Meantime Akaky Akakiyevich went on in holiday mood. He was conscious every second of the time that he had a new cloak on his shoulders, and several times he laughed with internal satisfaction. In fact, there were two advantages, one was its warmth, the other its beauty. He saw nothing of the road, but suddenly found himself at the department. He took off his cloak in the ante-room, looked it over carefully, and confided it to the special care of the attendant. It is impossible to say precisely how it was that every one in the department knew at once that Akaky Akakiyevich had a new cloak, and that the "cape" no longer existed. All rushed at the same moment into the ante-room to inspect it. They congratulated him, and said pleasant things to him, so that he began at first to smile, and then to grow ashamed. When all surrounded him, and said that the new cloak must be "christened," and that he must at least give them all a party, Akaky Akakiyevich lost his head completely, and did not know where he stood, what to answer, or how to get out of it. He stood blushing all over for several minutes, trying to assure them with great simplicity that it was not a new cloak, that it was in fact the old "cape."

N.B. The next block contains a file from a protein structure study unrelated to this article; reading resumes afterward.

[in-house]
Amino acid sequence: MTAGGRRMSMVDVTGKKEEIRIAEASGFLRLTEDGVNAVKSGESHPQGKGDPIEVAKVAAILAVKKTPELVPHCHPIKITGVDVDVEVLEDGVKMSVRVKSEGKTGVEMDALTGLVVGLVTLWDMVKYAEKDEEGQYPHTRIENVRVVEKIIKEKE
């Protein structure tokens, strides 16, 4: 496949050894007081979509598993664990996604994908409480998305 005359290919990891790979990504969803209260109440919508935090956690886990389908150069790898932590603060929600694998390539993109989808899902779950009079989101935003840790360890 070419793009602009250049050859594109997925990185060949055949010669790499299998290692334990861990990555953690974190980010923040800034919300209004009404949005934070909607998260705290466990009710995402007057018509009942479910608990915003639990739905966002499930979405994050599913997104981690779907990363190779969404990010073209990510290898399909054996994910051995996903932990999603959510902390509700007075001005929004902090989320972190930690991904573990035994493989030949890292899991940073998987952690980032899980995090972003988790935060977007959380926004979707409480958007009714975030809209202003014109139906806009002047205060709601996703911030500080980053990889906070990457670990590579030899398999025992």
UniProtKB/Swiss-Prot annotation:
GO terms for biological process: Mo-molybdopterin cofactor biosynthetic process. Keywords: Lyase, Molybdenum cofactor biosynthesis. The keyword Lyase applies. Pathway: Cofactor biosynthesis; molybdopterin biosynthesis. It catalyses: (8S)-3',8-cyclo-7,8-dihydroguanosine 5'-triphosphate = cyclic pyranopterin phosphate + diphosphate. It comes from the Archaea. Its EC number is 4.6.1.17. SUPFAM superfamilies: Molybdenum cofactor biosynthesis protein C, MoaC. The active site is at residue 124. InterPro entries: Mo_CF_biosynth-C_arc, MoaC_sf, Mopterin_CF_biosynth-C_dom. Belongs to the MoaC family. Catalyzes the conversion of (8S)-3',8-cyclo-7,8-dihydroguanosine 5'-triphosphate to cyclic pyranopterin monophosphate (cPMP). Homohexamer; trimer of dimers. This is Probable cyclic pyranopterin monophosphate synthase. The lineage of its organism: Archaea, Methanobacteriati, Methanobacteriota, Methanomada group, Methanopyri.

At length one of the officials, assistant to the head clerk, in order to show that he was not at all proud, and on good terms with his inferiors, said:
"So be it, only I will give the party instead of Akaky Akakiyevich; I invite you all to tea with me to-night. It just happens to be my name-day too."
The officials naturally at once offered the assistant clerk their congratulations, and accepted the invitation with pleasure. Akaky Akakiyevich would have declined; but all declared that it was discourteous, that it was simply a sin and a shame, and that he could not possibly refuse. Besides, the notion became pleasant to him when he recollected that he should thereby have a chance of wearing his new cloak in the evening also.
That whole day was truly a most triumphant festival for Akaky Akakiyevich. He returned home in the most happy frame of mind, took off his cloak, and hung it carefully on the wall, admiring afresh the cloth and the lining. Then